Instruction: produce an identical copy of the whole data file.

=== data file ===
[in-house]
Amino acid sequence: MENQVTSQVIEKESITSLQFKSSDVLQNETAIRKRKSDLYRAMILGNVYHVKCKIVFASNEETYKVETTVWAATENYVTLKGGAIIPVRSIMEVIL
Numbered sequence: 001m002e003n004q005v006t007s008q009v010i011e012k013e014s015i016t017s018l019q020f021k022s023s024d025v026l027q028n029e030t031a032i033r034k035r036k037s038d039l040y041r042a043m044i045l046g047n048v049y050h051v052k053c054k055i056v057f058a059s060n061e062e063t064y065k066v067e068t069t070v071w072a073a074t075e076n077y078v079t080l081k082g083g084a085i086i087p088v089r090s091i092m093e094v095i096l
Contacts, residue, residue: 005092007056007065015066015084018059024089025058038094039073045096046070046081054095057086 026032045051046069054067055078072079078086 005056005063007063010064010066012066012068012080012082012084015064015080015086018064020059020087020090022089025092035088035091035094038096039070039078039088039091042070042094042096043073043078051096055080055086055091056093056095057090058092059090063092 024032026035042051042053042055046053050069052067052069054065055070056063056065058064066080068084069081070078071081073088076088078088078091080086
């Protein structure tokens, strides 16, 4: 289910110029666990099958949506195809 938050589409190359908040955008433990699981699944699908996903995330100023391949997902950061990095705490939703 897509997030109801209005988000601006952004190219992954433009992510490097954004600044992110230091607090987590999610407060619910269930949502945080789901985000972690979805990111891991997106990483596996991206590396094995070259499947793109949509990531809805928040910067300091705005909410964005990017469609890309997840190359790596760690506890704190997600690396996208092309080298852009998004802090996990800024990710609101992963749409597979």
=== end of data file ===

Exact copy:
[in-house]
Amino acid sequence: MENQVTSQVIEKESITSLQFKSSDVLQNETAIRKRKSDLYRAMILGNVYHVKCKIVFASNEETYKVETTVWAATENYVTLKGGAIIPVRSIMEVIL
Numbered sequence: 001m002e003n004q005v006t007s008q009v010i011e012k013e014s015i016t017s018l019q020f021k022s023s024d025v026l027q028n029e030t031a032i033r034k035r036k037s038d039l040y041r042a043m044i045l046g047n048v049y050h051v052k053c054k055i056v057f058a059s060n061e062e063t064y065k066v067e068t069t070v071w072a073a074t075e076n077y078v079t080l081k082g083g084a085i086i087p088v089r090s091i092m093e094v095i096l
Contacts, residue, residue: 005092007056007065015066015084018059024089025058038094039073045096046070046081054095057086 026032045051046069054067055078072079078086 005056005063007063010064010066012066012068012080012082012084015064015080015086018064020059020087020090022089025092035088035091035094038096039070039078039088039091042070042094042096043073043078051096055080055086055091056093056095057090058092059090063092 024032026035042051042053042055046053050069052067052069054065055070056063056065058064066080068084069081070078071081073088076088078088078091080086
């Protein structure tokens, strides 16, 4: 289910110029666990099958949506195809 938050589409190359908040955008433990699981699944699908996903995330100023391949997902950061990095705490939703 897509997030109801209005988000601006952004190219992954433009992510490097954004600044992110230091607090987590999610407060619910269930949502945080789901985000972690979805990111891991997106990483596996991206590396094995070259499947793109949509990531809805928040910067300091705005909410964005990017469609890309997840190359790596760690506890704190997600690396996208092309080298852009998004802090996990800024990710609101992963749409597979």